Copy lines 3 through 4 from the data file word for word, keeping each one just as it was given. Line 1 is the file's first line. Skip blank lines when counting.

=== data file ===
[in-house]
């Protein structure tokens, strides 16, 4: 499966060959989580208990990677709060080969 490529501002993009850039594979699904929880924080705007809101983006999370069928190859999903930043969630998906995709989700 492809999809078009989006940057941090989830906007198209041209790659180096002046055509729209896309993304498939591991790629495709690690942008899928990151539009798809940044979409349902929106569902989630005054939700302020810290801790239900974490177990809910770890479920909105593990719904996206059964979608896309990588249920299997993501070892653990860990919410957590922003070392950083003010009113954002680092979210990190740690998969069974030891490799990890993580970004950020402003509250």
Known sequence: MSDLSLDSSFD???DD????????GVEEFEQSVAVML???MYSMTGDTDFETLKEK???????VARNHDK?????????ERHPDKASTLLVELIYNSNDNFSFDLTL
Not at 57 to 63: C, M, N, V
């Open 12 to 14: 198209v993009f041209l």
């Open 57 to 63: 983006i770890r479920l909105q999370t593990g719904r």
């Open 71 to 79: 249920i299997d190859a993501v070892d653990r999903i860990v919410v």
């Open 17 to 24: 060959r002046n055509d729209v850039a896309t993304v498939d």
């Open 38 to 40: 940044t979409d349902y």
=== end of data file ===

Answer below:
Known sequence: MSDLSLDSSFD???DD????????GVEEFEQSVAVML???MYSMTGDTDFETLKEK???????VARNHDK?????????ERHPDKASTLLVELIYNSNDNFSFDLTL
Not at 57 to 63: C, M, N, V